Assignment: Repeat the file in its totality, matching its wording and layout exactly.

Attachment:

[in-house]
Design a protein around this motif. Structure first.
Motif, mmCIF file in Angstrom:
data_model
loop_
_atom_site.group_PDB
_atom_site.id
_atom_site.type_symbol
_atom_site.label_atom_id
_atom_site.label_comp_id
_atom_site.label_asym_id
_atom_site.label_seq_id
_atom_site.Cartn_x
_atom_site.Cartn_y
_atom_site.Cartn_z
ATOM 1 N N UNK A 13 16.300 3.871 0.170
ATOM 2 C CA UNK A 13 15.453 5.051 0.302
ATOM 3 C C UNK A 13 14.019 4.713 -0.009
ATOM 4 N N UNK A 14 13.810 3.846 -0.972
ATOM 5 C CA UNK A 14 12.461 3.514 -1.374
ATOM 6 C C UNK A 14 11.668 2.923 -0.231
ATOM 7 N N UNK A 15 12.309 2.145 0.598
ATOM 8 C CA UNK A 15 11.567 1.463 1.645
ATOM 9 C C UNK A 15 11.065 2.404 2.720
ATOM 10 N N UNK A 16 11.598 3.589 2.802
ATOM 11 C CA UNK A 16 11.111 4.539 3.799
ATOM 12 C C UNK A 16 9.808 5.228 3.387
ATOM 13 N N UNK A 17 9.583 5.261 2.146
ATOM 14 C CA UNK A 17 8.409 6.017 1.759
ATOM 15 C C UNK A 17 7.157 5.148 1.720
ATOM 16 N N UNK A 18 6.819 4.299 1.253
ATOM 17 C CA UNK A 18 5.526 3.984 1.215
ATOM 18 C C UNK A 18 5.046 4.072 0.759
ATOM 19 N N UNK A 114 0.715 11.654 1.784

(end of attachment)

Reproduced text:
[in-house]
Design a protein around this motif. Structure first.
Motif, mmCIF file in Angstrom:
data_model
loop_
_atom_site.group_PDB
_atom_site.id
_atom_site.type_symbol
_atom_site.label_atom_id
_atom_site.label_comp_id
_atom_site.label_asym_id
_atom_site.label_seq_id
_atom_site.Cartn_x
_atom_site.Cartn_y
_atom_site.Cartn_z
ATOM 1 N N UNK A 13 16.300 3.871 0.170
ATOM 2 C CA UNK A 13 15.453 5.051 0.302
ATOM 3 C C UNK A 13 14.019 4.713 -0.009
ATOM 4 N N UNK A 14 13.810 3.846 -0.972
ATOM 5 C CA UNK A 14 12.461 3.514 -1.374
ATOM 6 C C UNK A 14 11.668 2.923 -0.231
ATOM 7 N N UNK A 15 12.309 2.145 0.598
ATOM 8 C CA UNK A 15 11.567 1.463 1.645
ATOM 9 C C UNK A 15 11.065 2.404 2.720
ATOM 10 N N UNK A 16 11.598 3.589 2.802
ATOM 11 C CA UNK A 16 11.111 4.539 3.799
ATOM 12 C C UNK A 16 9.808 5.228 3.387
ATOM 13 N N UNK A 17 9.583 5.261 2.146
ATOM 14 C CA UNK A 17 8.409 6.017 1.759
ATOM 15 C C UNK A 17 7.157 5.148 1.720
ATOM 16 N N UNK A 18 6.819 4.299 1.253
ATOM 17 C CA UNK A 18 5.526 3.984 1.215
ATOM 18 C C UNK A 18 5.046 4.072 0.759
ATOM 19 N N UNK A 114 0.715 11.654 1.784